On campus, clubs and organizations are figuring out new ways to connect and engage with students during the COVID-19 pandemic. The Involvement Fair was held virtually this year.
The start of the school year looked different from last year. In years past, the first week consisted of students and families bustling around campus on move-in days, attending social events to meet people and awkward ice breakers on the first day of classes.
With the situation COVID-19 has created, the world has had to adapt for nearly every situation – going to work, attending school, celebrating birthday parties and hosting graduation ceremonies.
Even now, social interactions that were once taken for granted present a major challenge. President of the Webster University College Democrats Kaleigh Finney said this year, student involvement will look different. Getting students engaged with the club is going to be harder, she said.
“Since it’s hard when you’re a freshman, trying to go to things and make friends and figure out where you fit in… now you’re kind of isolated in your room and stuck in a little bubble,” Finney said.
To kick off the school year, the virtual involvement fair was presented to students on Sept. 2 and Sept. 3.
“On the first day of the Involvement Fair… within the first 30 minutes, I had over 100 people who were participating,” Director of Student Engagement Jennifer Stewart said. “It was really exciting to see that they were going through and communicating with the clubs.”
Student clubs and organizations are doing their best to engage with the student body even through virtual platforms. According to Sarah Hill, President of Student Government Association (SGA), student leaders are facing current challenges with creativity and adaptability.
“The executive board hosted a training last week for SGA members and used some digital tools that we could pull into Zoom to have people put things on a digital wall,” Hill said. “This made it more creative and engaging versus just listening to someone talk.”
Activities that typically revolve around in person meetings look entirely different this semester and will continue to until further notice.
Meeting with the self defense club before the beginning of school, Stewart helped address how the club can continue to meet and be beneficial.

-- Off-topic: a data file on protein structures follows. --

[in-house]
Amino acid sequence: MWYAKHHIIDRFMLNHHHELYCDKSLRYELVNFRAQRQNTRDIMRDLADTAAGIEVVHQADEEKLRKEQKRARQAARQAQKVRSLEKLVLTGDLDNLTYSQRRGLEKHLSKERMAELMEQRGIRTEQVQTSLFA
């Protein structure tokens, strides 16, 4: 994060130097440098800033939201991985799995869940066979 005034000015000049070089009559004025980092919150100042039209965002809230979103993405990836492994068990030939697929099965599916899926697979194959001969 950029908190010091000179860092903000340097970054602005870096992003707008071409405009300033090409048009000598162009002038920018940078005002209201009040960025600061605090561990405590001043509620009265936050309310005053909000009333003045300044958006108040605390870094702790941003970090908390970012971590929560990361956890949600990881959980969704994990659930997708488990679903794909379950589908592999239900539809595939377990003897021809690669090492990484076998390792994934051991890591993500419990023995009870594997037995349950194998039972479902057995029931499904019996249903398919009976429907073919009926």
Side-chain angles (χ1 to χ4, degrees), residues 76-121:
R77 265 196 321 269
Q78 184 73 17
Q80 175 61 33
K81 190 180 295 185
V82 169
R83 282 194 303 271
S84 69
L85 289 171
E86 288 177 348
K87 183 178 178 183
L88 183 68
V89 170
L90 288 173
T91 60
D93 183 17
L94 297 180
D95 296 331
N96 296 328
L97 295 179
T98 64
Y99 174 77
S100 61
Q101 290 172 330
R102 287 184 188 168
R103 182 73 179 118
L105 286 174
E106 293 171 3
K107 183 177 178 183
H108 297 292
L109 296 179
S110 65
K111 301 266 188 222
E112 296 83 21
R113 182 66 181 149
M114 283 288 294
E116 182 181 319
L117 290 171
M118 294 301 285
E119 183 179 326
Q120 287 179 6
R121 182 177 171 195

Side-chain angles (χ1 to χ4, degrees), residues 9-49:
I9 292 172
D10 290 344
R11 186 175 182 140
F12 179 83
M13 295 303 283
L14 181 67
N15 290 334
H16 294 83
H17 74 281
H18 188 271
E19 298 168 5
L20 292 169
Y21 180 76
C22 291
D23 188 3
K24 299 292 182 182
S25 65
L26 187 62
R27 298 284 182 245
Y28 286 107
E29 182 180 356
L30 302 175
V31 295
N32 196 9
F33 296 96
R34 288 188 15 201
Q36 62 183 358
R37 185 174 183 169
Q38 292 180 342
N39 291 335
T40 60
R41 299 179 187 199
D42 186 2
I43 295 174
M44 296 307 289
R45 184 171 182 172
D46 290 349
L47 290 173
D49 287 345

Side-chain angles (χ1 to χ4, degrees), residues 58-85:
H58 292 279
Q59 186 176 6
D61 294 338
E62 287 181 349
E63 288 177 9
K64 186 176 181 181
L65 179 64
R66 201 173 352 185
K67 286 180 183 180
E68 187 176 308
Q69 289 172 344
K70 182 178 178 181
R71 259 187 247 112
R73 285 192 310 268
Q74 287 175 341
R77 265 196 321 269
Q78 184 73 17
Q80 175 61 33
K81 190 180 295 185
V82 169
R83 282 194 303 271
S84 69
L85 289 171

“We talked about some ways to switch their focus instead. They’re going to recruit people and talk about the mental part of self defense and the strategies,” Stewart said. “There’s opportunities and maybe things that you might not have normally done.”
Overall, the goal of all the campus clubs, organizations and activities is to draw as much of the student body in as they can.
“We have to make sure we’re doing whatever we can to make students feel like they are welcome at Webster, that they have people standing behind them,” Finney said.
Through their efforts Finney, Stewart and Hill all agree the best way to adapt to change is to address the problem head on and give the best effort.
“I have a feeling that we will always be here. That core function will always remain no matter what the challenge because we have dedicated members that care about making Webster even better than it already is. And that will look the same no matter what the platform,” Hill said.
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Morgan Smith (she/her) is the photo editor for the Journal. She is a sophomore journalism major with a minor in photography, and she shoots freelance photography. Morgan enjoys spending time with friends and family, and her goal is to travel the world and capture her experiences through writing and photography.